By (Lafayette) Journal and Courier
Maybe it was a product of who came to the various rollout meetings recently for Greater Lafayette’s new community of choice plan, but the slow burn over losing part of Lafayette’s passenger rail service was real.
How, they asked, could Amtrak ditch what amounts to roughly half the passenger service between Lafayette and Chicago? Without the complement of services on the Hoosier State and the Cardinal routes, getting to and from Chicago by Amtrak in any sort of efficient way would be a dicey proposition.
In play is an Amtrak plan to dump the Hoosier State route, starting on Oct. 1, 2013. The Cardinal route would still make stops at downtown Lafayette’s Big Four Depot three mornings and three nights a week.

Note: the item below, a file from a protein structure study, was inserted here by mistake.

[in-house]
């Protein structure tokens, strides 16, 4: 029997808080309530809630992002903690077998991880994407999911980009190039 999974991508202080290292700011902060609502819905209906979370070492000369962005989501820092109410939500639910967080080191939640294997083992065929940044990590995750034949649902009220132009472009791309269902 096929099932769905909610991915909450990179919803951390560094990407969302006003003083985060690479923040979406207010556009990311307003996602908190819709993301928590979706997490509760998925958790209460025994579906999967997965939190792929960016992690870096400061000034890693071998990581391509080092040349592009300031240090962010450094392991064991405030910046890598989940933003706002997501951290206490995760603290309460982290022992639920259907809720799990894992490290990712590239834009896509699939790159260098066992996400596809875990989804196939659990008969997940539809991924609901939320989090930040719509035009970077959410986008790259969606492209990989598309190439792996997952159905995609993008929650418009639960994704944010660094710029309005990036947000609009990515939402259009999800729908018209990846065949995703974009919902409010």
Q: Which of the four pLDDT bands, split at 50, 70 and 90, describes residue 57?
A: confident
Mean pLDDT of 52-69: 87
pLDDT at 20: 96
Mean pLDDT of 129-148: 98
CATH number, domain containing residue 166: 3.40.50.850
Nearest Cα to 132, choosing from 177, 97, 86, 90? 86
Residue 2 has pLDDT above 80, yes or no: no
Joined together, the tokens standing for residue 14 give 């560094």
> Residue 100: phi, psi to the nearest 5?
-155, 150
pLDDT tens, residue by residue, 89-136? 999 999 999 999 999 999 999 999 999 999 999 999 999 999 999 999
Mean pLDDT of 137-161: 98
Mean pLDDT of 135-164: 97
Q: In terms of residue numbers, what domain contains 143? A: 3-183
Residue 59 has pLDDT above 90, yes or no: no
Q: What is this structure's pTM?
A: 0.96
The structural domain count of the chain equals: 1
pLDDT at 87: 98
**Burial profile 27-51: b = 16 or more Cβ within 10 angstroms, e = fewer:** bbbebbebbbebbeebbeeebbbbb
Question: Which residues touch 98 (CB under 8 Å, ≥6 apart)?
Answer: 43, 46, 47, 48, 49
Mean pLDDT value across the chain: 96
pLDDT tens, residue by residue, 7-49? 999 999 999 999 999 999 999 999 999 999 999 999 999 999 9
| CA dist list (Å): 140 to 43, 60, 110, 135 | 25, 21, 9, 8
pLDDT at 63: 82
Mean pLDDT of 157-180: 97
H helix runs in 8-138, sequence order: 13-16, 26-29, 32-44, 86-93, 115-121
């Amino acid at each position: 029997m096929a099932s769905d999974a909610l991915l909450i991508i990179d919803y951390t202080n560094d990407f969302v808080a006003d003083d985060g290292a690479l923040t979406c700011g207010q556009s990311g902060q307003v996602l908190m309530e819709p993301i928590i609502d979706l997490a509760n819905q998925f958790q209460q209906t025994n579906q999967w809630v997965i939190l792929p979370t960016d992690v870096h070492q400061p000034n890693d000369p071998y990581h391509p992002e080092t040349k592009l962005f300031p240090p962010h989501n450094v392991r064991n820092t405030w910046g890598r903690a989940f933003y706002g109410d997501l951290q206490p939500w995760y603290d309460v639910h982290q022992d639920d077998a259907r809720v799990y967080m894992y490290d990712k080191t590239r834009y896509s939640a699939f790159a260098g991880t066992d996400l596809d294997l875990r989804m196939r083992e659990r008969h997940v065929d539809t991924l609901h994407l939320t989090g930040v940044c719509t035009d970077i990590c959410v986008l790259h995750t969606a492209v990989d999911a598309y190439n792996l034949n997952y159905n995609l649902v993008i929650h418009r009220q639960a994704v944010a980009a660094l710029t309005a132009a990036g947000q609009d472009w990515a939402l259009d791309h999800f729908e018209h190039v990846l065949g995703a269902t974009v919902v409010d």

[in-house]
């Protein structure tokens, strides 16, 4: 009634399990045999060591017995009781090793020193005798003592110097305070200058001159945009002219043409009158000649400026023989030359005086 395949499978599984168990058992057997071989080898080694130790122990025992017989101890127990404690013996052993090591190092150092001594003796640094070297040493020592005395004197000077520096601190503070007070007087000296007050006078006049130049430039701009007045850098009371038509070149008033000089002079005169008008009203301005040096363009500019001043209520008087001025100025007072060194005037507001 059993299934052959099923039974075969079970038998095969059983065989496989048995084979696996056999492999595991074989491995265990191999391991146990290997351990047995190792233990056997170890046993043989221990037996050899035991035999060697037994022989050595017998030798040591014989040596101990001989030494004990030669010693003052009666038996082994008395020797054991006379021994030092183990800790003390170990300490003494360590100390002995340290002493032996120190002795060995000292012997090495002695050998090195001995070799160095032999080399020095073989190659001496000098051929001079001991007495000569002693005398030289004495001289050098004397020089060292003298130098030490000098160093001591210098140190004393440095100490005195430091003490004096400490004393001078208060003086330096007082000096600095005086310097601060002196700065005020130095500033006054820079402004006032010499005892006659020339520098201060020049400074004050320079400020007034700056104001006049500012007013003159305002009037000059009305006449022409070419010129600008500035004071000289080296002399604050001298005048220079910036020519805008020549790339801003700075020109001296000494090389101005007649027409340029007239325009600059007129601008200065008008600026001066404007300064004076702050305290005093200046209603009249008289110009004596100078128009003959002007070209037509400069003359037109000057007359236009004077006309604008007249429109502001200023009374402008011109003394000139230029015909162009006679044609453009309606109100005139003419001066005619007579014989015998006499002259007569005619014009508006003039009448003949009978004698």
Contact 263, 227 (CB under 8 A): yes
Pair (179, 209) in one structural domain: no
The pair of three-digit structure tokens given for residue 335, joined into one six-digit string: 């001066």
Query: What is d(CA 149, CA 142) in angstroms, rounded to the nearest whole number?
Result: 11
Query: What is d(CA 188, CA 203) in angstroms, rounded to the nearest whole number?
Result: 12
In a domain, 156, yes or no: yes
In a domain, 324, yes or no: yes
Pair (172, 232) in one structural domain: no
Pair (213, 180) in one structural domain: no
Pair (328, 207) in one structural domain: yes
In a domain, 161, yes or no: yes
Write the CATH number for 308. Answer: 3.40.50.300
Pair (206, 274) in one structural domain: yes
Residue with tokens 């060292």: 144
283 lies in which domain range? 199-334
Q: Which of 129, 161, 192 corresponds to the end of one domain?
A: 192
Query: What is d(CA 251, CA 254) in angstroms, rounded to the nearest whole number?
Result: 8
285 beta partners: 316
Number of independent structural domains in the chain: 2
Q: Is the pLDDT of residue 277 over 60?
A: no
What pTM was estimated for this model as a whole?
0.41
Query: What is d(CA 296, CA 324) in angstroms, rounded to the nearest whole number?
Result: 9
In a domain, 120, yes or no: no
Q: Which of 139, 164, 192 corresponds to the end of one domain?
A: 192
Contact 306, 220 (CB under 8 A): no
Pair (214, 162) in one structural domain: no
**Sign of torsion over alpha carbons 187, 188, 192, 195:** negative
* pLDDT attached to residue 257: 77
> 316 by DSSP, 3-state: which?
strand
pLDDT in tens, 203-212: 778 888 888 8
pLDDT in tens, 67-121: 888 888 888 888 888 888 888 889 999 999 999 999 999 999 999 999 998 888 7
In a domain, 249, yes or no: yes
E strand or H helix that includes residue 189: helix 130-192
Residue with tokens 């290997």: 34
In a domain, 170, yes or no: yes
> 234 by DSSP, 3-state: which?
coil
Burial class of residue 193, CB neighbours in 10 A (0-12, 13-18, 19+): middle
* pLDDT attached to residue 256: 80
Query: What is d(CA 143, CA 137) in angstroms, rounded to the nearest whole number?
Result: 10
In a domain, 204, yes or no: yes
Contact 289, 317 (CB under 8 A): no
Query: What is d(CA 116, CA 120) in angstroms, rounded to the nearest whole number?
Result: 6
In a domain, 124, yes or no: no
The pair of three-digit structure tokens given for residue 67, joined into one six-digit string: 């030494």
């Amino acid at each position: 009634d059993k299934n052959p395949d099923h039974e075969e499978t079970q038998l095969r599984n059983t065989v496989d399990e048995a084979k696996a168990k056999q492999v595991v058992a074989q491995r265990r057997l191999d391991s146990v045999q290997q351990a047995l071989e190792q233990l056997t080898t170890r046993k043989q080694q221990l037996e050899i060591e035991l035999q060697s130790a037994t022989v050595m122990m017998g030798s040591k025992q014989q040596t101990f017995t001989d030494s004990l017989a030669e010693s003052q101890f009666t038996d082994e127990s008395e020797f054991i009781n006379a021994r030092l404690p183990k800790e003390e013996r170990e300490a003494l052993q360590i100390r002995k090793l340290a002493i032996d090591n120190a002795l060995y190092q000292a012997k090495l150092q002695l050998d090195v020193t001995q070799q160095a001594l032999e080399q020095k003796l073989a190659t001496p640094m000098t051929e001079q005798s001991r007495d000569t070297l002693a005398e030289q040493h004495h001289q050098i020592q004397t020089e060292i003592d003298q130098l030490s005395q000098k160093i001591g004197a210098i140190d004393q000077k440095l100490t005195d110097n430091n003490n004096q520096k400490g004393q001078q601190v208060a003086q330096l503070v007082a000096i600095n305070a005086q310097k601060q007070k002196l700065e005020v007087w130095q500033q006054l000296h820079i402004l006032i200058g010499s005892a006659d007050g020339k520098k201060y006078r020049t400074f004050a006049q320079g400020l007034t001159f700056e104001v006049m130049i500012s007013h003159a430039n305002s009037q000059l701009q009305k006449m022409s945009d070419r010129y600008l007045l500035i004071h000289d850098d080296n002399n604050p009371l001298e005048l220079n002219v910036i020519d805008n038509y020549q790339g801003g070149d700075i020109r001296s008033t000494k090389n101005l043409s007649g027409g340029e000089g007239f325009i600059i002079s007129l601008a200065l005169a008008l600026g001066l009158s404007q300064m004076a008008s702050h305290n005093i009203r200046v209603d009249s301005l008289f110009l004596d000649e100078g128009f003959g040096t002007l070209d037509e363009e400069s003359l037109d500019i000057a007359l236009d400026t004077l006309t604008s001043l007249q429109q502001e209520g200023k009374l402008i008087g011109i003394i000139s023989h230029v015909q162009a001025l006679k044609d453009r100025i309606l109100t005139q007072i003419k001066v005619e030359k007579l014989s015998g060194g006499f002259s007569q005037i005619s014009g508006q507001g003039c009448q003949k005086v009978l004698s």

But with the Hoosier State eliminated between Indianapolis and Chicago, four days and four nights would come off the route schedule.
Passenger rail certainly is a niche transportation option. And it might seem a bit quaint in these drive-first days.
But the 27,000 passengers who got on or off of the two lines in Lafayette last year are nothing to sneeze at.
In question is a disputed interpretation about who — Amtrak or the state — needs to be financing routes that are shorter than 750 miles. Legislators and other officials from Greater Lafayette are starting to rally to save the service. The best bet would be to take a regional approach and get other Indiana cities with a stake in keeping both Amtrak lines to work with Greater Lafayette interests.
Either way, the clock is ticking on passenger rail in downtown Lafayette.
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